Wientzen: DMA Fiscal Picture Brightens, But Industry on ‘Slippery Slope’

ASPEN, CO — After two years of big losses, the Direct Marketing Association's finances are apparently turning around.

Fiscal 2003, which ended June 30, was “a year of slight surplus,” DMA president/CEO H. Robert Wientzen said in the Q&A portion of his keynote address at Donnelley Marketing's third annual Consumer Privacy Conference here last week. Wientzen did not give specific numbers.

The DMA files its taxes as a 501(c)(6) not-for-profit organization. As a result, its tax filings are public record and available to anyone who requests them. They generally become available eight months after the DMA closes its books on the fiscal year.

The DMA operated at a loss of more than $3 million in fiscal year 2002 and lost $233,865 on its investments. The preceding year, it operated at a loss exceeding $1.7 million and lost more than $1.9 million on investments.

Meanwhile, though the DMA's financial picture has reportedly brightened, the same cannot be said for direct marketing's legislative landscape. Labeling the past six months as “horrible” for DM from a regulatory standpoint, Wientzen said the industry is on a slippery slope and called on marketers to take action to stop the slide.

Wientzen said he was “dumbfounded” by the number of direct marketing executives who have called the DMA recently saying: “What is this do-not-call stuff and does it apply to me?”

Since the Federal Trade Commission made the no-call registry — which takes effect Oct. 1 — available to the public, 28 million households have signed up, Wientzen noted. Though the FTC predicts that 60 million to 65 million households will sign up, Wientzen said, he thinks it will be more like 40 million to 45 million.

“They got that [65 million] number from us; specifically, they got it from me,” he said.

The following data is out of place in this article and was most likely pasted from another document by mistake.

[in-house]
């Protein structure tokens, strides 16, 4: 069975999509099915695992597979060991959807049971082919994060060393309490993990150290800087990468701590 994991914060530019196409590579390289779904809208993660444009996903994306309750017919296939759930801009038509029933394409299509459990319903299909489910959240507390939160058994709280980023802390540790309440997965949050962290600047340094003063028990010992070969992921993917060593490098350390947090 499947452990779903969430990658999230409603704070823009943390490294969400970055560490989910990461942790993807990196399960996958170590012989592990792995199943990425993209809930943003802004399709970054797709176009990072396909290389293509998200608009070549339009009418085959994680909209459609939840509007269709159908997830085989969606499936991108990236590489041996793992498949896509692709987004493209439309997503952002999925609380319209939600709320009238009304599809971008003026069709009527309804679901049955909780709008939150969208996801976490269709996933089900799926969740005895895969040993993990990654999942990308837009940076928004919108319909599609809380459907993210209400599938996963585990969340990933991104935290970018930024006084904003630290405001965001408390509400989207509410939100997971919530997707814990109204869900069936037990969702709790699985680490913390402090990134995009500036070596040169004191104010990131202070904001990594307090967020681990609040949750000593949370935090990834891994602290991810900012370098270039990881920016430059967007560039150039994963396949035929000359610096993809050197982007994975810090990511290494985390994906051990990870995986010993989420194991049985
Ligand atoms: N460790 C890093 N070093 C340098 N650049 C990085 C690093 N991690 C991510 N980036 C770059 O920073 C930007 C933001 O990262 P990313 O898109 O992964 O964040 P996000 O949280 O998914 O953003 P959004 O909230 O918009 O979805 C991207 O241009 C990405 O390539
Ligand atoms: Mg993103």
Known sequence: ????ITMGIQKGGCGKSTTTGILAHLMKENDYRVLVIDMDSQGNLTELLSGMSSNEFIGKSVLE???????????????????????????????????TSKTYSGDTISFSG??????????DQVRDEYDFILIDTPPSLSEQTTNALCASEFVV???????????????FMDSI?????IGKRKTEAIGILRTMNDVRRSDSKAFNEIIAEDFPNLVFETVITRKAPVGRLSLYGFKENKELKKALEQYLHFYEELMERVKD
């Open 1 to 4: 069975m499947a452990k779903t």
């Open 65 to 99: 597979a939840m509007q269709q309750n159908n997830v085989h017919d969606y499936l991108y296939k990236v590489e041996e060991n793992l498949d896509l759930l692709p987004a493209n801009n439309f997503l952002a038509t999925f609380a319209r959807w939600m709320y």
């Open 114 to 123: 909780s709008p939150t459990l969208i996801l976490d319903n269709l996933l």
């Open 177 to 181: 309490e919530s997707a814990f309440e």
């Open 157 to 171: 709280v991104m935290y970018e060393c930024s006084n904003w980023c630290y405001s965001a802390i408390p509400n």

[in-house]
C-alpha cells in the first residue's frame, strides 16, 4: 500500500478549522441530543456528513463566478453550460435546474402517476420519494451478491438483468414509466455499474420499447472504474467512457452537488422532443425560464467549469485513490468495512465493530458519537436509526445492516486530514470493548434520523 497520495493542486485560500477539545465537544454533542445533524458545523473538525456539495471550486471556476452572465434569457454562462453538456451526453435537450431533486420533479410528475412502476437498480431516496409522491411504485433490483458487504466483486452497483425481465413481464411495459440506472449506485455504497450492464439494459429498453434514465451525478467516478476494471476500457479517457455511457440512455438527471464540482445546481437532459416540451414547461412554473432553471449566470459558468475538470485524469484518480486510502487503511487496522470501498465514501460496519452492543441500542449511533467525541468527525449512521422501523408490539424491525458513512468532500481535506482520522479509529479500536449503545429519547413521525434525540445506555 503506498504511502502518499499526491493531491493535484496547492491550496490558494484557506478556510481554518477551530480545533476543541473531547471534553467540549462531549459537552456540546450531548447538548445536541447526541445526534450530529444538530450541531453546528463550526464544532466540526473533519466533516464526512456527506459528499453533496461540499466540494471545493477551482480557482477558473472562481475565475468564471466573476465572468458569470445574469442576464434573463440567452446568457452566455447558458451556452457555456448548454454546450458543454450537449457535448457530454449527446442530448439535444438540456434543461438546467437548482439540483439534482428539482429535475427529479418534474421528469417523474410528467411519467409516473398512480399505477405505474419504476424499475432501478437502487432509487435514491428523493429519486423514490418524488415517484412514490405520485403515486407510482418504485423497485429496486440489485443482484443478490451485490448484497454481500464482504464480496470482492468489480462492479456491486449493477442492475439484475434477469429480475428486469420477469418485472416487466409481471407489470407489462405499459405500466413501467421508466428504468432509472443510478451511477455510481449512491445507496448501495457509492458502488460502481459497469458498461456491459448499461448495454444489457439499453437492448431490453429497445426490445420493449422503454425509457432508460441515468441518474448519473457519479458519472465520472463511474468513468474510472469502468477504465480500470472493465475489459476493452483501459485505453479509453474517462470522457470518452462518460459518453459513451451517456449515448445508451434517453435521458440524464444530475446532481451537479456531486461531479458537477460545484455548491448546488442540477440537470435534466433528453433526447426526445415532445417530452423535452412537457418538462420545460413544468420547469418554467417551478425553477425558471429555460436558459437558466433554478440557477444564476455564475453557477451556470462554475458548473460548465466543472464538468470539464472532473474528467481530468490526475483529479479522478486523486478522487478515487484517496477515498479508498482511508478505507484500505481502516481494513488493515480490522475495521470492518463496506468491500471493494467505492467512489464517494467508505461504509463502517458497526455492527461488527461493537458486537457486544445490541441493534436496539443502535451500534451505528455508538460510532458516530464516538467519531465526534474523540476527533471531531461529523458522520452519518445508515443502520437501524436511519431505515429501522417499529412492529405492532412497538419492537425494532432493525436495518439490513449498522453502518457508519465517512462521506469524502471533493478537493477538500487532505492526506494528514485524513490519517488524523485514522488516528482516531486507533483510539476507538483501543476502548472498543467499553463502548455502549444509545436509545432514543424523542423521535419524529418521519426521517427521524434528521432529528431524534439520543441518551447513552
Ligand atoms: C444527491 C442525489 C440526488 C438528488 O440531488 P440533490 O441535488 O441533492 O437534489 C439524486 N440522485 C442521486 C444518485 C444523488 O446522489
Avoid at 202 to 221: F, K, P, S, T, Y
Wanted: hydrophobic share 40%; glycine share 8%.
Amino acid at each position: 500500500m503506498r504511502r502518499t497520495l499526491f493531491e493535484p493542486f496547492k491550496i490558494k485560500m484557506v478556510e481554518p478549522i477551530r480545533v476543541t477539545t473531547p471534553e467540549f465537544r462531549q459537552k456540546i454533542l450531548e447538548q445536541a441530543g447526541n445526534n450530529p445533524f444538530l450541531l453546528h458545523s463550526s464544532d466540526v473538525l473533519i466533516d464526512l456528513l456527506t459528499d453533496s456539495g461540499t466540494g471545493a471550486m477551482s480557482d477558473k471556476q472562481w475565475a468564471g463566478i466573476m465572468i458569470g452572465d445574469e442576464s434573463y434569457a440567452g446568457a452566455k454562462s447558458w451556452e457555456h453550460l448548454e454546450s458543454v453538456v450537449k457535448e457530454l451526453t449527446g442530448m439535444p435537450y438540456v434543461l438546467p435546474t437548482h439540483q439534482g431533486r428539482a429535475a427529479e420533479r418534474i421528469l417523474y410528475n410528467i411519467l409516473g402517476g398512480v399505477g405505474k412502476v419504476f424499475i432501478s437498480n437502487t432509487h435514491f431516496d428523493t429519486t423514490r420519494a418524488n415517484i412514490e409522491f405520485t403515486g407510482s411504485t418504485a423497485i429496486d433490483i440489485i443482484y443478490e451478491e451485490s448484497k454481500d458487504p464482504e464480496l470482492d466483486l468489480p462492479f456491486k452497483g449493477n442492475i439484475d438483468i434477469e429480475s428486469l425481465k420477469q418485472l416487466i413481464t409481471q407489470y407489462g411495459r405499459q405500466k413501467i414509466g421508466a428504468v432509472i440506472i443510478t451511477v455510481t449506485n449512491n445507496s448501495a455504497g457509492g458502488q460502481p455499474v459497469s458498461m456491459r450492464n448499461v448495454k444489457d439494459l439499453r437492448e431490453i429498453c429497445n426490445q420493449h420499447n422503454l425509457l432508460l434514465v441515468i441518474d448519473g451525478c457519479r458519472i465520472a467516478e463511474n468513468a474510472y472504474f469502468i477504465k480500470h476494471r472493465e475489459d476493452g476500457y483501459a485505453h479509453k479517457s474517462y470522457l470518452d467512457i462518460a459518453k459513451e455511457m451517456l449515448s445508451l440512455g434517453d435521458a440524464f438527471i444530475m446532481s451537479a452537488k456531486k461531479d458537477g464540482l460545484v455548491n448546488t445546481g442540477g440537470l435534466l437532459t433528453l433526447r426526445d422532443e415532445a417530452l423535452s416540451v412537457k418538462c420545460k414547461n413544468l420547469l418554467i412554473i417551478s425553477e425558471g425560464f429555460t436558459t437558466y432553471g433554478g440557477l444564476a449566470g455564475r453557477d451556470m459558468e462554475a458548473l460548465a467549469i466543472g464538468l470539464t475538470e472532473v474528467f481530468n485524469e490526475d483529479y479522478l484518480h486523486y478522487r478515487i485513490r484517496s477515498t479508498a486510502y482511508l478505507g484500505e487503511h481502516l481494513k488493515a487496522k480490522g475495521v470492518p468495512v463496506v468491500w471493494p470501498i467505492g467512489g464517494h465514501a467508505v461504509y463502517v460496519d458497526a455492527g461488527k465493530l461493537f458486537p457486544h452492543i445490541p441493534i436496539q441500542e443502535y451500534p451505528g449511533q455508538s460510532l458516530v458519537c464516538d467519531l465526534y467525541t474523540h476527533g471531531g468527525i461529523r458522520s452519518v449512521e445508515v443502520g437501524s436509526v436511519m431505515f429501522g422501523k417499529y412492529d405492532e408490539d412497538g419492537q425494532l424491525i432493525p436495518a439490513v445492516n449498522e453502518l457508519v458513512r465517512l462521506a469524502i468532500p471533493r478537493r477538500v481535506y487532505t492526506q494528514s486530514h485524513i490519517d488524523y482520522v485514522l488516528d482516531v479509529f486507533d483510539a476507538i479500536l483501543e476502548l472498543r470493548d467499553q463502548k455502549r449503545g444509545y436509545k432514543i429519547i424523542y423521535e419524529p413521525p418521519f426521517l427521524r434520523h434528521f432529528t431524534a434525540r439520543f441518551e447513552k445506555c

However, he said, do-not-e-mail and do-not-mail lists loom. Wientzen said that he received a long audience with Sen. Charles Schumer, D-NY, to try to talk him out of his proposal to amend anti-spam legislation in the Senate with a do-not-e-mail list.

But “we really failed to convince him,” Wientzen said.

Wientzen called on direct marketers to contact Schumer, whom he called a “former” friend to the industry, to protest the proposal. He added that the regulatory environment could grow far worse for DMers and called on attendees to examine their database marketing practices and the practices of those they do business with.

“Take a long look at what you're doing,” he said. “You also have to take a look at what your suppliers are doing. If you're a supplier, you have to take a look at what your customers are doing.”

If attendees believe their companies' database marketing practices wouldn't stand up to scrutiny from, say, a “60 Minutes” or “Dateline NBC” report, “then I think you need to consider what your company is doing and fix it,” he said.

A staggering 50 privacy-related bills are pending in the 108th Congress, Wientzen said, adding that Florida Republican Rep. Cliff Stearns' Consumer Privacy Protection Act, or H.R. 1636, is the one “most likely to move.”

Wientzen said he expected the Privacy Protection Act of Sen. John McCain, R-AZ, to be the one to move forward in the Senate.

Another threat on the horizon: The Fair Credit Reporting Act is set to expire Jan. 1. As a result, Wientzen said, “states and maybe even localities may enact their own rules.

“Clearly, if we must have privacy legislation, we'll need a single federal rule.”

However, he said, the Treasury Department, FTC and Federal Reserve support FCRA reauthorization.

On another topic, when asked why the DMA doesn't do more public outreach, Wientzen said a public relations firm hired by the association determined that any message the DMA could take to the public would be defensive.

“We're not getting our message out, and when we do, it tends to be defensive,” he said.

About 200 of Donnelley Marketing's clients attended the privacy conference, which included keynote addresses by former President Bill Clinton and President Bush adviser Karen Hughes, and a surprise appearance by Sen. Hillary Rodham Clinton, D-NY.

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